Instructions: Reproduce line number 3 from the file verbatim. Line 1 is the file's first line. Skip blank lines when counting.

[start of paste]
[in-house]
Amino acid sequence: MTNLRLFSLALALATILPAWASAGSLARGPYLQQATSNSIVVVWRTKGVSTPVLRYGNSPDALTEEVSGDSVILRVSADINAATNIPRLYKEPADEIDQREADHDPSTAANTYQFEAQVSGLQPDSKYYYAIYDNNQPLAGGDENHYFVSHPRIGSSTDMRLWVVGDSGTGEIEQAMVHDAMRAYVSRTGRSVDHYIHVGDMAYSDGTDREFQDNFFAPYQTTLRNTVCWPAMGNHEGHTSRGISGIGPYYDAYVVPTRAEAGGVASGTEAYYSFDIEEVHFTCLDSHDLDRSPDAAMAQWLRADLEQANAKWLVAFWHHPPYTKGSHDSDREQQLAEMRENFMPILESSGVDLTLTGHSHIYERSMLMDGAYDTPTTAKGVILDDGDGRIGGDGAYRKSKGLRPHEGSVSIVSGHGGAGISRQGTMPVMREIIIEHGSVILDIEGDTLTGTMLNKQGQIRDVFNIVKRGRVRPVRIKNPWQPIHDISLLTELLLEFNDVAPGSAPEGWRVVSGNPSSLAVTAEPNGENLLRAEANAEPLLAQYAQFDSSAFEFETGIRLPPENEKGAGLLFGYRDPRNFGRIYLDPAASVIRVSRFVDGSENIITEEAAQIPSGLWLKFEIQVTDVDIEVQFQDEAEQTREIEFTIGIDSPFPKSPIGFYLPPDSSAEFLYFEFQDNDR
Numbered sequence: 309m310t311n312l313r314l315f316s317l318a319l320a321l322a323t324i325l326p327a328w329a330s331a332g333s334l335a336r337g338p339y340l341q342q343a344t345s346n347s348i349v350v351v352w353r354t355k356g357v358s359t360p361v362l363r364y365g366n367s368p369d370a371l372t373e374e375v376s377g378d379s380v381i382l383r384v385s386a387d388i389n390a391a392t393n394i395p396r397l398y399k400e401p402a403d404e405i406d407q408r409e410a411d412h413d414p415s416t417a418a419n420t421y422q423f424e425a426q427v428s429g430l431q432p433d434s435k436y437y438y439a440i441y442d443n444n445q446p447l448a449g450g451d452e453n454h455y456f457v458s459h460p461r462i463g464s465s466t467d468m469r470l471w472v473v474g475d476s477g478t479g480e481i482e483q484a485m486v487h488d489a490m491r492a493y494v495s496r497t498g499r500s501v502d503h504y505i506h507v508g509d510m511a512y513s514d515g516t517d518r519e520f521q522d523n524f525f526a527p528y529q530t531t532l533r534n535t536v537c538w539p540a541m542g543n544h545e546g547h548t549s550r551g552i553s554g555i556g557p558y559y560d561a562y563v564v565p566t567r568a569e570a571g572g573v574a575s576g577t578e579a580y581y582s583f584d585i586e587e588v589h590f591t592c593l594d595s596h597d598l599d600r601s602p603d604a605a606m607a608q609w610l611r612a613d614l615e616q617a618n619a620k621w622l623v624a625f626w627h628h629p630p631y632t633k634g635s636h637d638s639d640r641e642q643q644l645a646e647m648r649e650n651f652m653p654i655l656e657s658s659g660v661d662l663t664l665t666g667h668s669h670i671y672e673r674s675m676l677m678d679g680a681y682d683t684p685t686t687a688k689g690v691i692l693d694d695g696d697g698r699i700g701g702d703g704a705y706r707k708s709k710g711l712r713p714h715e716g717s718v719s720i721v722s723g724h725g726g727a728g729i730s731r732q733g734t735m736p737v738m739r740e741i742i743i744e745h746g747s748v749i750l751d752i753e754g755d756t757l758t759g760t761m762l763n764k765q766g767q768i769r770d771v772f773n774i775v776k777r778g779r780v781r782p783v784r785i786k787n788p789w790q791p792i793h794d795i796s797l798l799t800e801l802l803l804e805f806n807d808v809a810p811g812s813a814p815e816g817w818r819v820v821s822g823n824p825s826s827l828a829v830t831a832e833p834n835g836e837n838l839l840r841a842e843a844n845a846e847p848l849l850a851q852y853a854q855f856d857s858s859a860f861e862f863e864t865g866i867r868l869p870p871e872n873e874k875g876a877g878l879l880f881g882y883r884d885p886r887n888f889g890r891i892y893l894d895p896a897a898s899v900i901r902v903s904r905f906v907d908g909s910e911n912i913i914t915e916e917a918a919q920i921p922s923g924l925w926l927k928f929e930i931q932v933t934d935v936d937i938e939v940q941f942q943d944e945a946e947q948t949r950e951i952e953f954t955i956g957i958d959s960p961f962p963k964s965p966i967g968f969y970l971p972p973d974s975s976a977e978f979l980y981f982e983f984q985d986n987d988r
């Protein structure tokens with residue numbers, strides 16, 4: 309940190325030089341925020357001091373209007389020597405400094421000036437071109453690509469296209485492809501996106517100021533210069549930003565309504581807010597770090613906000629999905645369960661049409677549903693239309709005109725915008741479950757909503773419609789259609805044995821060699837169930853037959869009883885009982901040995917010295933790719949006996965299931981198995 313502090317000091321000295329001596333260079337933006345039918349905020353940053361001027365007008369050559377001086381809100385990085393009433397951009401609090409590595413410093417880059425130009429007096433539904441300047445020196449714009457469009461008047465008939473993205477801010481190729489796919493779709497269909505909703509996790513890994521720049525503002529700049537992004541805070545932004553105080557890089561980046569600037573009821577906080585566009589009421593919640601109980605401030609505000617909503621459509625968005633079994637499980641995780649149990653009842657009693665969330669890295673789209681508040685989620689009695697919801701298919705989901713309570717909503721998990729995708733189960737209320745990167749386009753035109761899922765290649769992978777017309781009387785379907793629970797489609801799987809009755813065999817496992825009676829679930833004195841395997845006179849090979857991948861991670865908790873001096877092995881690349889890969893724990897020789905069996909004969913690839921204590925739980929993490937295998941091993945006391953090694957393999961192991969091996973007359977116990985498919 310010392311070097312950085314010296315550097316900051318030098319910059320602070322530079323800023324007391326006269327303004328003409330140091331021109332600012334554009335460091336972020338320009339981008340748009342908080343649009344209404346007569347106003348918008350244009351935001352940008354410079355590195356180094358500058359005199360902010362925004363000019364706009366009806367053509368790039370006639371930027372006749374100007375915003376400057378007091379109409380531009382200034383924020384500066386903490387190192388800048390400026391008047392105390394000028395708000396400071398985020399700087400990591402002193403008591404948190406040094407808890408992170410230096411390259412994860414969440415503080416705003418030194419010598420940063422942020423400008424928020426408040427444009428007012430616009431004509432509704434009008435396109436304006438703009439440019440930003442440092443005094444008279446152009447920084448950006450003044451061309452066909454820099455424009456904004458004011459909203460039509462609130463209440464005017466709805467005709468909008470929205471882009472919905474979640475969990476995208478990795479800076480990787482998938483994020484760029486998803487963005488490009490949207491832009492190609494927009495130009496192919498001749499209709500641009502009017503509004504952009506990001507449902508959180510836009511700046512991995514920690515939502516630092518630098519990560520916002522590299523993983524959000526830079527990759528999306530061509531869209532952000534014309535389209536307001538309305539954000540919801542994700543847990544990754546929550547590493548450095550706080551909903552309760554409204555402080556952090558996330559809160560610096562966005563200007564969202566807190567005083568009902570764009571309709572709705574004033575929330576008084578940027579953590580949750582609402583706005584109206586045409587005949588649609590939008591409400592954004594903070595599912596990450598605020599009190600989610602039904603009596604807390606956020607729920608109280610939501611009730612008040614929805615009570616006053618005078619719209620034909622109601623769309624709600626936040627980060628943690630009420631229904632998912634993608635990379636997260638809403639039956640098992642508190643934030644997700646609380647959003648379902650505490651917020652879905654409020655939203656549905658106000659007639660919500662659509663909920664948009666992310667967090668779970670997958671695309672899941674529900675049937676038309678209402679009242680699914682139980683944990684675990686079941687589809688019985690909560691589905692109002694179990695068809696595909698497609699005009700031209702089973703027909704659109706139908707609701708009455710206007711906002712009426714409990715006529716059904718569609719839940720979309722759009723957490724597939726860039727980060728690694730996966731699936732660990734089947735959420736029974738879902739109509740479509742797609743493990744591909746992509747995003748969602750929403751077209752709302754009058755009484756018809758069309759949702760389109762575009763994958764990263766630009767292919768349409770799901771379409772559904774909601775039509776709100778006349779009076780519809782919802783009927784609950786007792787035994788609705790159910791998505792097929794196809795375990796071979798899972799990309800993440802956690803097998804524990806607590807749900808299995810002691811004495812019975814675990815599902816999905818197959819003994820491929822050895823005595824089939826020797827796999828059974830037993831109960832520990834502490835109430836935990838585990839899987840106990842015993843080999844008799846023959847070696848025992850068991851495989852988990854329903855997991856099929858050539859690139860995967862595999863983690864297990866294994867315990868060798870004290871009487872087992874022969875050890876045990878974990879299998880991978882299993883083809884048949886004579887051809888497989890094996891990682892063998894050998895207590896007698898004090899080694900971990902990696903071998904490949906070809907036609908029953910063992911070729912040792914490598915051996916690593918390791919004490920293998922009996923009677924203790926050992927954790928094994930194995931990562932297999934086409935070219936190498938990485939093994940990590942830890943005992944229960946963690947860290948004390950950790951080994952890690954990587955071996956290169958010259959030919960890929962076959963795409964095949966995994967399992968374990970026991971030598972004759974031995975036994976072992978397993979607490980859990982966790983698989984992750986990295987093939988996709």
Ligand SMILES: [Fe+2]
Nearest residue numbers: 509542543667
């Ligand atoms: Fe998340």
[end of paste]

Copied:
Numbered sequence: 309m310t311n312l313r314l315f316s317l318a319l320a321l322a323t324i325l326p327a328w329a330s331a332g333s334l335a336r337g338p339y340l341q342q343a344t345s346n347s348i349v350v351v352w353r354t355k356g357v358s359t360p361v362l363r364y365g366n367s368p369d370a371l372t373e374e375v376s377g378d379s380v381i382l383r384v385s386a387d388i389n390a391a392t393n394i395p396r397l398y399k400e401p402a403d404e405i406d407q408r409e410a411d412h413d414p415s416t417a418a419n420t421y422q423f424e425a426q427v428s429g430l431q432p433d434s435k436y437y438y439a440i441y442d443n444n445q446p447l448a449g450g451d452e453n454h455y456f457v458s459h460p461r462i463g464s465s466t467d468m469r470l471w472v473v474g475d476s477g478t479g480e481i482e483q484a485m486v487h488d489a490m491r492a493y494v495s496r497t498g499r500s501v502d503h504y505i506h507v508g509d510m511a512y513s514d515g516t517d518r519e520f521q522d523n524f525f526a527p528y529q530t531t532l533r534n535t536v537c538w539p540a541m542g543n544h545e546g547h548t549s550r551g552i553s554g555i556g557p558y559y560d561a562y563v564v565p566t567r568a569e570a571g572g573v574a575s576g577t578e579a580y581y582s583f584d585i586e587e588v589h590f591t592c593l594d595s596h597d598l599d600r601s602p603d604a605a606m607a608q609w610l611r612a613d614l615e616q617a618n619a620k621w622l623v624a625f626w627h628h629p630p631y632t633k634g635s636h637d638s639d640r641e642q643q644l645a646e647m648r649e650n651f652m653p654i655l656e657s658s659g660v661d662l663t664l665t666g667h668s669h670i671y672e673r674s675m676l677m678d679g680a681y682d683t684p685t686t687a688k689g690v691i692l693d694d695g696d697g698r699i700g701g702d703g704a705y706r707k708s709k710g711l712r713p714h715e716g717s718v719s720i721v722s723g724h725g726g727a728g729i730s731r732q733g734t735m736p737v738m739r740e741i742i743i744e745h746g747s748v749i750l751d752i753e754g755d756t757l758t759g760t761m762l763n764k765q766g767q768i769r770d771v772f773n774i775v776k777r778g779r780v781r782p783v784r785i786k787n788p789w790q791p792i793h794d795i796s797l798l799t800e801l802l803l804e805f806n807d808v809a810p811g812s813a814p815e816g817w818r819v820v821s822g823n824p825s826s827l828a829v830t831a832e833p834n835g836e837n838l839l840r841a842e843a844n845a846e847p848l849l850a851q852y853a854q855f856d857s858s859a860f861e862f863e864t865g866i867r868l869p870p871e872n873e874k875g876a877g878l879l880f881g882y883r884d885p886r887n888f889g890r891i892y893l894d895p896a897a898s899v900i901r902v903s904r905f906v907d908g909s910e911n912i913i914t915e916e917a918a919q920i921p922s923g924l925w926l927k928f929e930i931q932v933t934d935v936d937i938e939v940q941f942q943d944e945a946e947q948t949r950e951i952e953f954t955i956g957i958d959s960p961f962p963k964s965p966i967g968f969y970l971p972p973d974s975s976a977e978f979l980y981f982e983f984q985d986n987d988r